Click for PDF On March 17, 2020, Alex Azar, Secretary of the Department of Health and Human Services (HHS), issued a Declaration activating the Public Readiness and Emergency Preparedness Act (“PREP Act”), 42 U.S.C. § 247d-6d.  The Declaration extends immunity “from suit and liability under federal and state law with respect to all claims for loss caused by, arising out of, relating to, or resulting from” administration or use of qualifying products used to combat or reduce the spread of COVID-19 (the “PREP Declaration”).[1]  Along with other recent FDA guidance relaxing regulatory oversight for certain COVID-19-fighting products, the PREP Declaration protects manufacturers, suppliers, distributors, and others helping to mitigate supply shortages during the current crisis.  These protections are limited, however, and businesses should consider these limitations when evaluating whether the PREP Declaration protects their activities.  The applicability of the PREP Declaration to activities involving products created for use by the general public to minimize the spread of coronavirus, such as face masks and hand sanitizer, creates particularly challenging questions. Who is covered by the PREP Declaration? The PREP Declaration, issued under the PREP Act, grants immunity to manufacturers, suppliers, and distributors of, and healthcare providers authorized to use, qualifying products that treat COVID-19 or help prevent the spread of coronavirus.  The PREP Act defines “manufacturers” and “distributors” broadly to include suppliers and licensers, private label or own-label distributors, brokers, warehouses, wholesale drug traders, retail pharmacies, and carriers, among others.[2]  The PREP Declaration also extends immunity to “qualified persons,” such as licensed health care professionals or other individuals authorized to prescribe, administer, or dispense qualifying products.[3] What activities and products come within PREP Act immunity? The PREP Declaration makes immunity retroactive to February 4, 2020 and currently extends it to October 1, 2024.[4]  The PREP Act only creates immunity for activities involving a limited universe of authorized products.  Although the PREP Declaration extends immunity to activities directed to drugs, biologics, diagnostics, devices, and vaccines used to treat, diagnose, cure, prevent, or mitigate COVID-19, the product in question must meet two criteria in order for its manufacture, development, testing, distribution, use, or administration to be covered by the statutory immunity: 1) The product must be FDA approved, licensed for use under the Public Health Service Act, or cleared for use under a FDA emergency use authorization (“EUA”);[5] and 2) The party seeking immunity must be manufacturing, testing, developing, distributing, administering, or using the product pursuant to a federal contract or a federal, state, local or tribal virus response.[6] These limitations require especially careful consideration by those involved in the production, distribution, or administration of protective products used by the general public, such as face masks and hand sanitizer.  Examination of these two groups of products illustrates some of the issues to be considered. Example 1:  Face Masks for Use by the General Public.  Some face masks, including hospital grade surgical masks and certain N95 respirators, were FDA-approved before the PREP Declaration was issued.[7]  Other masks and respirators not intended for medical use, including respirators approved by the National Institute of Occupational Safety and Health (NIOSH) for use in manufacturing and similar workplaces, and certain imported respirators meeting NIOSH-like criteria in their home countries, were not previously FDA-approved.[8]  In further response “to this evolving public health emergency and continued filtering facepiece respirator . . . shortages,” FDA issued emergency use authorizations (EUA’s) in March and April 2020 allowing the medical use of both NIOSH-approved respirators and respirators approved under certain foreign standards, [9] and HHS brought them within the PREP Act’s definition of “Covered Countermeasures” by statute under the Families First Coronavirus Act.[10]  On April 3, FDA issued an EUA allowing medical use of imported disposable masks made in China, provided that the masks are approved by a Chinese regulatory authority and meet FDA-approved testing standards.[11]  In addition, FDA has authorized healthcare providers to reuse compatible, previously used N95 masks after decontaminating them pursuant to an approved system developed by the Battelle Memorial Institute.[12] Activities directed to masks that are not approved by FDA or NIOSH (or otherwise authorized by FDA based on compliance with foreign agency standards), and that are not created pursuant to a federal contract or governmental response, such as fabric masks created for general use, are not likely to be afforded PREP Act immunity—potentially raising liability concerns for companies involved in the production, distribution, or administration of non-surgical cloth face masks, which the CDC has now recommended be worn by individuals when they go out in public.[13] Another consideration that applies to face masks, in addition to whether the PREP Declaration provides immunity, is whether the manufacture and distribution of such masks could run afoul of FDA’s regulatory scheme for such products, potentially triggering an enforcement action.  On March 25, 2020, FDA issued guidance that it did not intend to initiate any enforcement action over non-surgical face masks that satisfy certain criteria, including that such masks: 1) have proper labeling that identifies the product as a face mask and includes a list of component materials, 2) have labeling that cautions against improper use, such as in surgical settings or other high-risk medical settings, or use in the presence of high heat or flammable gas; and 3) avoid labeling that misleadingly suggests that the mask will protect against viruses or allow for particulate filtration.[14]  FDA’s guidance also indicates that the agency will not enforce regulations governing surgical masks and face shields as long as they meet similar labeling and flammability criteria.[15]  Therefore, even if the manufacture or distribution of a nonmedical mask is not covered by PREP Act immunity, it is unlikely to be the target of a FDA enforcement action. Example 2:  Hand Sanitizers.  Another product widely used by the public to block the spread of coronavirus, and also facing a critical supply shortage, is alcohol-based hand sanitizer.  As with other products used to fight COVID-19, any FDA-approved medical hand sanitizer or consumer hand sanitizer developed, supplied, or administered under a federal program or official virus response is likely to be covered by PREP Act immunity. In contrast to respirators, however, FDA has not (as of this date) issued emergency use authorizations that would apply to hand sanitizers that were not previously FDA-approved.[16]  While unapproved hand sanitizers may not be subject to immunity under the PREP Declaration, FDA has encouraged increased production of hand sanitizer by compounding pharmacies and manufacturers, and has indicated that it will not enforce regulations against those entities provided certain qualifying conditions are present.  Specifically, the hand sanitizer must comprise only a list of approved ingredients, including 94% ethanol or isopropyl alcohol; be “de-natured” so that it is unsuitable for drinking; and be compounded according to a World Health Organization (WHO) formula.[17] As these two examples illustrate, the availability of PREP Act protection for any manufacturer, supplier, distributor, or user of products designed to combat COVID-19 requires close analysis of the product; the relationship of the product and/or manufacturer to a federally contracted or governmental health program; and compliance with health and safety regulations that govern the product.  Notably, even in certain instances where there is no PREP Act protection, FDA has nevertheless indicated that it will not institute enforcement actions. _____________________ [1] 85 Fed. Reg. 15198 (March 17, 2020). [2] 85 Fed. Reg. 15198 § V (“Covered Persons”); 42 U.S.C. §247d-6d(i)(2). [3] 85 Fed. Reg. 15198 § V (“Covered Persons”); 42 U.S.C. §247d-6d(i)(8). [4] 85 Fed. Reg. 15198  § XII (“Effective Time Period”). [5] 85 Fed. Reg. 15198 § VI (“Covered Countermeasures”) (“To be a Covered Countermeasure, qualified pandemic or epidemic products or security countermeasures also must be approved or cleared under the FD&C Act; licensed under the PHS Act, or authorized for emergency use under Sections 564, 564A, or 564B of the FD&C Act.”). [6] 85 Fed. Reg. 15198 § VII (“Limitations on Distribution”). [7] See 21 U.S.C.A. § 321(h); U.S. Food & Drug Administration, Enforcement Policy for Face Masks and Respirators During the Coronavirus Disease (COVID-19) Public Health Emergency (Revised) (April 2020), at 2-3. [8] Letter from Denise M. Hinton, Chief Scientist, Food & Drug Administration, to Robert R. Redfield, MD, March 28, 2020 (“NIOSH EUA”); Letter from Denise M. Hinton to Stakeholders, March 28, 2020 (“non-NIOSH Imported Respirators EUA”). [9] Id. [10] Id.; see H.R. 6201 § 6005. [11] Letter from Denise M. Hinton to Stakeholders, April 3, 2020 (“Chinese Masks EUA”). [12] Letter from Denise M. Hinton to Jeff Rose, Battelle Memorial Institute, March 29, 2020 (“Battelle EUA”). [13] Recommendation Regarding the Use of Cloth Face Coverings, Especially in Areas of Significant Community-Based Transmission, Centers for Disease Control and Prevention, https://www.cdc.gov/coronavirus/2019-ncov/prevent-getting-sick/cloth-face-cover.html (last visited April 5, 2020). [14] U.S. Food & Drug Administration, Enforcement Policy for Face Masks and Respirators During the Coronavirus Disease (COVID-19) Public Health Emergency (Revised) (April 2020) at 4-5. [15] Id. at 5-7. [16] See Antiseptic FDA Letters, U.S. Food & Drug Administration, https://www.fda.gov/drugs/information-drug-class/antiseptic-fda-letters (last visited Apr. 3, 2020); see also 21 C.F.R. § 878.4040 (setting out approval criteria for topical hand sanitizer products). [17] U.S. Food & Drug Administration, Temporary Policy for Preparation of Certain Alcohol-Based Hand Sanitizer Products During the Public Health Emergency (COVID-19): Guidance for Industry (updated March 27, 2020), at 3-5.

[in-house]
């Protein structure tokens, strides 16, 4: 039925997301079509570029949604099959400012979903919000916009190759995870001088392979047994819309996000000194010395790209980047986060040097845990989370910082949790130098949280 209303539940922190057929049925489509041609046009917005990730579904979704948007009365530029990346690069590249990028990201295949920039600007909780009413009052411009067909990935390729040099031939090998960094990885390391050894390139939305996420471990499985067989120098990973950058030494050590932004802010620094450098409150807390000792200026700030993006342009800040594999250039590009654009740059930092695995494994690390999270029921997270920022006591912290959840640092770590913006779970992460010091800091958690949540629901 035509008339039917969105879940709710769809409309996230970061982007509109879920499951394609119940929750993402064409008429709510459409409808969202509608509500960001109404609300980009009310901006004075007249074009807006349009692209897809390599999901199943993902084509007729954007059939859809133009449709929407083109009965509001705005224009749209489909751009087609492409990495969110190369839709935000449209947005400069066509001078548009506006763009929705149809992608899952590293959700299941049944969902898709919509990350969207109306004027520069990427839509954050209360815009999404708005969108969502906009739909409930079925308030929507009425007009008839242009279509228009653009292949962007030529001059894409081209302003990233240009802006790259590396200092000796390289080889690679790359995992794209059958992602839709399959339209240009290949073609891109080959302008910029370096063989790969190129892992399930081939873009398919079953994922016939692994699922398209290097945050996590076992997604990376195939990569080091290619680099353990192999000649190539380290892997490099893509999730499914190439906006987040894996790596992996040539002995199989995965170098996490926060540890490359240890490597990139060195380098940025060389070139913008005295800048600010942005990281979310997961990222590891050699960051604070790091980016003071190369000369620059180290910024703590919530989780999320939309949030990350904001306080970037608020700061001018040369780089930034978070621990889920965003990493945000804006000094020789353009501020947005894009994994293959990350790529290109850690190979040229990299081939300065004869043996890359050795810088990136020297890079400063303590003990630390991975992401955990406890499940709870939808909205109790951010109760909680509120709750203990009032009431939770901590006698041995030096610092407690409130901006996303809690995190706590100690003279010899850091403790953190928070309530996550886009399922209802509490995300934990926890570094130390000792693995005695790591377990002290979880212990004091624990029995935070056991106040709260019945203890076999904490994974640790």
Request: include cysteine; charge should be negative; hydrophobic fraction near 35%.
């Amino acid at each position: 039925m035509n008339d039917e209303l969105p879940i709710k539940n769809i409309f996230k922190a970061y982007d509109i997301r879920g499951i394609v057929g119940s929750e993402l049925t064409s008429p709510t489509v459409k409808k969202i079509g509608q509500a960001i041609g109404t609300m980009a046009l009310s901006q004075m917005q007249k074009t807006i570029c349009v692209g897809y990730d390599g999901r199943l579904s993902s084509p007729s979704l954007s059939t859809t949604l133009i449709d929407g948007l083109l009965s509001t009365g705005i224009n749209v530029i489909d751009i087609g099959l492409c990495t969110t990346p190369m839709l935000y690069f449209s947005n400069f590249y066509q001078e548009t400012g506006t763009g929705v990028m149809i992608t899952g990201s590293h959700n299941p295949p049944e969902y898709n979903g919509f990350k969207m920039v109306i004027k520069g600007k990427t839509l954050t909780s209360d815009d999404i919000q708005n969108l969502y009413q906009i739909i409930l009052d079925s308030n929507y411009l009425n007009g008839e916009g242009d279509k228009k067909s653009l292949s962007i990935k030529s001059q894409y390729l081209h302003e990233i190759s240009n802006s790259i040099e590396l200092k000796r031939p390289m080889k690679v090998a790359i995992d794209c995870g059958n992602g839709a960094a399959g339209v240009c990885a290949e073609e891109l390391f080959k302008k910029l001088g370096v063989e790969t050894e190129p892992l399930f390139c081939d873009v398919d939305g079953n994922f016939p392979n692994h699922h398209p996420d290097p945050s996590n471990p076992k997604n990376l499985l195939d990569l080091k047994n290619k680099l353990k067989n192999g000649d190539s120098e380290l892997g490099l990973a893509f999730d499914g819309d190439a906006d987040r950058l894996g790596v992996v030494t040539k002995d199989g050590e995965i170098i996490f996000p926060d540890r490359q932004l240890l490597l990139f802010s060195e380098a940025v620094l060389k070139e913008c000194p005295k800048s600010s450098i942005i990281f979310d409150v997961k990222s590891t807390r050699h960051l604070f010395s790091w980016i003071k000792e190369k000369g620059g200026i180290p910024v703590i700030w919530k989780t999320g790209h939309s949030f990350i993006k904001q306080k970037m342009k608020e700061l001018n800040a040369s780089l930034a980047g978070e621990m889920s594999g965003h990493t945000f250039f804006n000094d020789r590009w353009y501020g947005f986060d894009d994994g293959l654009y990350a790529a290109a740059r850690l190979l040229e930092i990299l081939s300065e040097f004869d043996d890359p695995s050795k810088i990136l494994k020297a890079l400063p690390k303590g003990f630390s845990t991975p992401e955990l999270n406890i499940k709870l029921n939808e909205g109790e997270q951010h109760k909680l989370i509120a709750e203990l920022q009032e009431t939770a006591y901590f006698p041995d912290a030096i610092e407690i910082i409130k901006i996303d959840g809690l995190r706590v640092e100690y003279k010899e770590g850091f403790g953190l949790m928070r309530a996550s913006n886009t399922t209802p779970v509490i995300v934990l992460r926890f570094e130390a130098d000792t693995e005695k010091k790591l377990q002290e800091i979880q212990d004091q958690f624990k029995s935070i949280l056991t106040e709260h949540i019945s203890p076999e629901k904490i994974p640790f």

For additional questions about  coronavirus-related product liability issues, please visit Gibson Dunn’s Coronavirus Mass Tort Litigation resource page or contact the Gibson Dunn lawyer with whom you usually work, or the authors: Authors:  Richard Mark, rmark@gibsondunn.com, Joe Evall, jevall@gibsondunn.com, and Amanda First, afirst@gibsondunn.com © 2020 Gibson, Dunn & Crutcher LLP Attorney Advertising:  The enclosed materials have been prepared for general informational purposes only and are not intended as legal advice. .